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A Change of Key : Cars and '60s fun were once Little Willie G.'s musical emphasis. Now he uses songs to help drug addicts.

August 13, 1996|BUDDY SEIGAL | SPECIAL TO THE TIMES

"Let's take a trip down WHITTIER BOULEVARD!"

As lead singer of East L.A.'s Thee Midnighters, Little Willie G. shouted that party cry during the mid-'60s, when cruising lacked the element of risk it can carry today.

"It was a great period," said the 50-year-old singer, who was born Guillermo Antonio Garcia. "Everybody was marking their territory a little bit, but there wasn't the violent gangs that are happening today. Music, cars and girls is what it was really all about. The boulevard was a place to meet and express our likes and dislikes, our mutual ideas, listen to music. It was a great time."

Garcia has seen that change dramatically in the three decades since Thee Midnighters, along with Cannibal & the Headhunters and the Premiers, were part of a vibrant Latino rock scene in the Southland.

A recovered heroin addict who saw his life, and career, bottom out during the '70s because of drug abuse, Garcia became a Christian and a minister who uses his music as part of his work with troubled youths.

Through the evangelical Victory Outreach church, Garcia now spends much of his time on the street, working one-on-one with gang members, drug addicts and prostitutes.

"I do a lot of work with the California Youth Authority, and I know that if I don't see these kids in a rehab home or in church, I'm going to see these same faces going through the [court] system in a few months. That's the tragedy--they have no place to go.

"It's painful to see so many young lives going to waste," he said. "These kids have so much potential, but until we have the support of local, city and county officials to go in and do something constructive, we're just scratching the surface."

He also still sings just for fun, as he'll be doing Wednesday when he opens for El Chicano at the Long Beach Museum of Art's summer outdoor concert series. For such shows, he mixes gospel music with rock oldies, including that horn-drenched instrumental rave-up "Whittier Boulevard" and "Land of 1000 Dances," which Thee Midnighters recorded well before Wilson Pickett made it a national smash.

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"We did that song first," Garcia said. "Then Cannibal started doing it in his shows. He's the one that made the 'Na, na na na na' catch phrase popular with that song. He just forgot the lyrics and ad-libbed it.

"As for Wilson, he was a trip," he said. "He always covered us. We did a version of Solomon Burke's 'Everybody Needs Somebody' and he covered our version of that too. That kind of knocked us out of the box. We had some regional success, but when he released that, it blew us out of the water."

Thee Midnighters--"Thee" was chosen to avoid confusion with Hank Ballard's backup group, the Midnighters--were all boyhood pals who attended East L.A.'s Salesian High School and locked into the burgeoning Latino rock 'n' roll scene of the '60s.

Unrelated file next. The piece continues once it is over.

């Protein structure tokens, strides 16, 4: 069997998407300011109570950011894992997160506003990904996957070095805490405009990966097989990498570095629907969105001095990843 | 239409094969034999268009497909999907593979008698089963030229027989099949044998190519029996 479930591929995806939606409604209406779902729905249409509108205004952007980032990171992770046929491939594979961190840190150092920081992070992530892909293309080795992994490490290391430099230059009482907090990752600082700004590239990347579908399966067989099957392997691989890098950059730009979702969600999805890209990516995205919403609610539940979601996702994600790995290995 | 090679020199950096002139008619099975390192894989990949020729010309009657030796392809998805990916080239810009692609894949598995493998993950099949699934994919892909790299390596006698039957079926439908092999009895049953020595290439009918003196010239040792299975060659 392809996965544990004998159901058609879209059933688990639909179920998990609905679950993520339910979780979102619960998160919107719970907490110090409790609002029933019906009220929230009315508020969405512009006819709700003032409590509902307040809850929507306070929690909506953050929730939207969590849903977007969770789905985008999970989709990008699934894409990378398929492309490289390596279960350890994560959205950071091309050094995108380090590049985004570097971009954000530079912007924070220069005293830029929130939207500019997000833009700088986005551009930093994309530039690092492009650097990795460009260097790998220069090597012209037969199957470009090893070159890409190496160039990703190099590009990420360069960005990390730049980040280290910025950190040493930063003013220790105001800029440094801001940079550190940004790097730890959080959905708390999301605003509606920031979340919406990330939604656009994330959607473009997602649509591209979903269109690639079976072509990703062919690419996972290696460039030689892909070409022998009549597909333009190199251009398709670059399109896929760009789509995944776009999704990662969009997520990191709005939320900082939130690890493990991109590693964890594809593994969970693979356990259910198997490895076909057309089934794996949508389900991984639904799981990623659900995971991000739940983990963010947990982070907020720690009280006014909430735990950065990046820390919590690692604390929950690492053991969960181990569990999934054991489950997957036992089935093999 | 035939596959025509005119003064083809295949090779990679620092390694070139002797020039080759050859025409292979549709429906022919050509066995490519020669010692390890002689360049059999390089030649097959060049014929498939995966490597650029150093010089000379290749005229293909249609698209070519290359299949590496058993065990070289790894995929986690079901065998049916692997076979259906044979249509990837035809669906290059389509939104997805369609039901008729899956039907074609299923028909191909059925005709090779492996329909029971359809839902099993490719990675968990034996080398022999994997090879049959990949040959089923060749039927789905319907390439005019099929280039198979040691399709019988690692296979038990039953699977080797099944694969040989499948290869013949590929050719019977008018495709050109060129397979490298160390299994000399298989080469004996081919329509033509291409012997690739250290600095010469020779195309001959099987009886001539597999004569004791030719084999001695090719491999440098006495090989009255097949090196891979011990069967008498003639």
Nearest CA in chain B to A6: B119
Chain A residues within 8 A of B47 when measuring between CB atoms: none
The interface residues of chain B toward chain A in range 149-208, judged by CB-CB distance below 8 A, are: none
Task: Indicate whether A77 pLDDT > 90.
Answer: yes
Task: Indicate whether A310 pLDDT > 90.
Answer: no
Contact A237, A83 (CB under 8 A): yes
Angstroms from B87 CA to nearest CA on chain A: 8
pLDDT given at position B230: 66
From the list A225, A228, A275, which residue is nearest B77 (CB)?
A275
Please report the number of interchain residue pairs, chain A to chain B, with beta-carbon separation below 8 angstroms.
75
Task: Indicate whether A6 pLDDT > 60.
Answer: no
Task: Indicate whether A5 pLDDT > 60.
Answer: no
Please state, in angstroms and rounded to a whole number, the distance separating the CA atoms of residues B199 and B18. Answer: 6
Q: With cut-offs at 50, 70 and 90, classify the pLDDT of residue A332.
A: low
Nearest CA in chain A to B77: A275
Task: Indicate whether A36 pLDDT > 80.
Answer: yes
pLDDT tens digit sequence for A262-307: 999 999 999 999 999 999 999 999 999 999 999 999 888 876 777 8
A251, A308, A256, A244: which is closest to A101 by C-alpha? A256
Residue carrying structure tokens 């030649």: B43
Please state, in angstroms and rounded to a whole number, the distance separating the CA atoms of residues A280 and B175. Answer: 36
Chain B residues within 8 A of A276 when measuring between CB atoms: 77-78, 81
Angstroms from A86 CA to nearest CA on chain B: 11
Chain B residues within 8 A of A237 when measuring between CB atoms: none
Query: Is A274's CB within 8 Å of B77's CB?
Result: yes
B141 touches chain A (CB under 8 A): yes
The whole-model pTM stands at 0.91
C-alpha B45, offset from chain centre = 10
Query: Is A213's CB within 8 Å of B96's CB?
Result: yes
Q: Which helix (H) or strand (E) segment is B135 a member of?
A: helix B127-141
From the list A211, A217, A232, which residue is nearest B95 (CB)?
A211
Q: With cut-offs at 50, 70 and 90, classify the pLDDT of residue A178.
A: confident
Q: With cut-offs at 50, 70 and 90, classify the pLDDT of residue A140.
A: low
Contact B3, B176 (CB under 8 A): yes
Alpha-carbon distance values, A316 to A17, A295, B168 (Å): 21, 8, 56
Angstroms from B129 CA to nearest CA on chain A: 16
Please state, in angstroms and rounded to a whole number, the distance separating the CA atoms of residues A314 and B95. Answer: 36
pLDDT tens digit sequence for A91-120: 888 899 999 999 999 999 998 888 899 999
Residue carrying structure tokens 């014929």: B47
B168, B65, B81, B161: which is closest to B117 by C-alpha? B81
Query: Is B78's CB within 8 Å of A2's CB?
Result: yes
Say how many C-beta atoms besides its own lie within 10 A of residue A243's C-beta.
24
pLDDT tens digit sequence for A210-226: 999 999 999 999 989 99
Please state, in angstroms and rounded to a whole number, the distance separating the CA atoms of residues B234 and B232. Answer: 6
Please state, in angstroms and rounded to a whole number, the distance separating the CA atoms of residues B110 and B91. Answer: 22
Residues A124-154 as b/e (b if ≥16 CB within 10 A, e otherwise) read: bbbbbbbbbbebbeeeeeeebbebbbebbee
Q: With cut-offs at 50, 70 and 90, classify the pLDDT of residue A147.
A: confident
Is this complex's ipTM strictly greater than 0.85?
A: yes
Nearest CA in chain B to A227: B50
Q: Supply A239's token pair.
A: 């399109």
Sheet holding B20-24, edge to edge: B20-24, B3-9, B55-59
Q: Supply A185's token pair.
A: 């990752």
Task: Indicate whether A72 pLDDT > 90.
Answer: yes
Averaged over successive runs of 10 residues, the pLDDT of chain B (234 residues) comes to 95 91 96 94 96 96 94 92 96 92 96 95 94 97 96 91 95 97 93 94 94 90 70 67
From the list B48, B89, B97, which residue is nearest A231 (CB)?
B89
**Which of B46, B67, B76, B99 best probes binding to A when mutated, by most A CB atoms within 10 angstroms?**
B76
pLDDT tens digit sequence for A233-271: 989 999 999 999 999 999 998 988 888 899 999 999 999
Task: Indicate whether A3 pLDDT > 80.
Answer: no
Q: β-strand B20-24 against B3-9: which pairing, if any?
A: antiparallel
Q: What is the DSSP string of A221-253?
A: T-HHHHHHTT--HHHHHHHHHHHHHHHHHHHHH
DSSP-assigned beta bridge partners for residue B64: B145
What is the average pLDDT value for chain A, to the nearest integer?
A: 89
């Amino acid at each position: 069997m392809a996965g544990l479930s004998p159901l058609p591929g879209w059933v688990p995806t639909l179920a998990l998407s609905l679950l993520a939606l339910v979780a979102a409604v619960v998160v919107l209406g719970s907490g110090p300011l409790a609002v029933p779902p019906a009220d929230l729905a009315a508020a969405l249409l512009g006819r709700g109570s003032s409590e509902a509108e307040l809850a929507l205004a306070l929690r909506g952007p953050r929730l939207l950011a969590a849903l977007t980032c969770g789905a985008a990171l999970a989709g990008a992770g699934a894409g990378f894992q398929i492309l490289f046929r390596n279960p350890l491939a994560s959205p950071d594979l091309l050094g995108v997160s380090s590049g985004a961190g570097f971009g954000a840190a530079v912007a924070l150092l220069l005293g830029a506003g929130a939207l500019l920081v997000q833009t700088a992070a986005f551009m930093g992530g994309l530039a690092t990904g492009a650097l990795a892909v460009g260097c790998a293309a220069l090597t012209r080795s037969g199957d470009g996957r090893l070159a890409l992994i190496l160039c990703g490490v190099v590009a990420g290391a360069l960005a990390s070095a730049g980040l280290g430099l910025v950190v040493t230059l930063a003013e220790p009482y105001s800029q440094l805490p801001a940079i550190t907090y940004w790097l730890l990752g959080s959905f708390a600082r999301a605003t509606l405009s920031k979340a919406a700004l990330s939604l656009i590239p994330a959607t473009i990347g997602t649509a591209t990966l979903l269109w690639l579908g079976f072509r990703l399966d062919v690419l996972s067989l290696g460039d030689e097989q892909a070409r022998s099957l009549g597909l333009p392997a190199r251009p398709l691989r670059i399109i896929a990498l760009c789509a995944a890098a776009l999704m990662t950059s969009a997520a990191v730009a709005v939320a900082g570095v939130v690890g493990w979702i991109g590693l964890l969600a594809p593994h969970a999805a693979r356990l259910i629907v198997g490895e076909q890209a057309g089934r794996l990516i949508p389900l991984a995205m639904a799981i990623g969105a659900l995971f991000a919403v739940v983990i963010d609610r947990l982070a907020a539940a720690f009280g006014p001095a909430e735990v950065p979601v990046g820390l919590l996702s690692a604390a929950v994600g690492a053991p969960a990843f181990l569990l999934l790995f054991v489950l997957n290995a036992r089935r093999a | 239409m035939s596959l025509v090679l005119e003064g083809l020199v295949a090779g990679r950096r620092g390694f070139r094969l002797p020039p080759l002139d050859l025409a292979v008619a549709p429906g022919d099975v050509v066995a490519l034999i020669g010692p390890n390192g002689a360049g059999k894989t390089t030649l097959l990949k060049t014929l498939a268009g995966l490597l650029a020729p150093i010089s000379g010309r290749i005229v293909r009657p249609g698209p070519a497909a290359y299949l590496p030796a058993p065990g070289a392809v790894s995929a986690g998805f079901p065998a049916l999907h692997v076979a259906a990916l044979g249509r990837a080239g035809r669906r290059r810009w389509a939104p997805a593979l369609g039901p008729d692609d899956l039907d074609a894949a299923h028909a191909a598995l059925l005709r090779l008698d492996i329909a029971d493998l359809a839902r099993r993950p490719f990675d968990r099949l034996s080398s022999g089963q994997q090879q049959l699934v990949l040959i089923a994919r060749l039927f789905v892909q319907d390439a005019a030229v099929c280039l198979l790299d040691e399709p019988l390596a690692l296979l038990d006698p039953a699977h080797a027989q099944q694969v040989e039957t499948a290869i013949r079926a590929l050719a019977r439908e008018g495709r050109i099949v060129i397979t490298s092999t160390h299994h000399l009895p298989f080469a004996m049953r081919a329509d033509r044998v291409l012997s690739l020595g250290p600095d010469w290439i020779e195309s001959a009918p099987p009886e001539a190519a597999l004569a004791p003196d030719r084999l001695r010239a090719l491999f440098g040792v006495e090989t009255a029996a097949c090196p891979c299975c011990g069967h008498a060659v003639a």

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Despite their local success with "Whittier Boulevard" and "Land of 1000 Dances," Thee Midnighters never got much play beyond the West Coast, and so never developed a national following.

Garcia left the group in 1969 to pursue greener pastures. Thee Midnighters' original bassist, Jimmy Espinosa, has kept the name alive to this day with a revolving lineup of players.

In the '70s, Garcia fronted Wag, which headlined various clubs in L.A., after which he sang with God's Children, probably best remembered for providing the theme song for the ABC-TV series "Matt Lincoln."

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Garcia joined Malo, another California Latino rock group that featured Carlos Santana's brother, Jorge, playing guitar. Malo had scored a Top 20 hit with "Suavecito," but was on the decline by the time Garcia joined in 1974. He toured with the group a year before it split up.

It was at this time that Garcia's life went into a tailspin.

"I started getting deep in trouble with drugs," he said. "I slowly became a coke addict and from there moved on to heroin. It was a big disappointment, not getting a hit with Malo.

"I went downhill for four years," he said. "I was still working, doing jingles and stuff, but the energy and enthusiasm to try and make it seemed to elude me as I got more and more into the drug thing."

In 1980, Garcia became a Christian and hasn't looked back. Today, he considers himself an evangelist by trade. He has recorded an album of original gospel songs that will be released on the independent Orchard Records label next month, but his primary passion remains helping people in trouble.

"Until they turn their lives over to their Lord Jesus Christ, I don't see an out for them," Garcia said. "They have no future and that's frightening. You or I could cross their path on a bad day and become the recipient of the anger they have pent up."

* Little Willie G. opens for El Chicano on Wednesday at the Long Beach Museum of Art, 2300 E. Ocean Blvd. 7 p.m. $8 to $11. (310) 439-2119.

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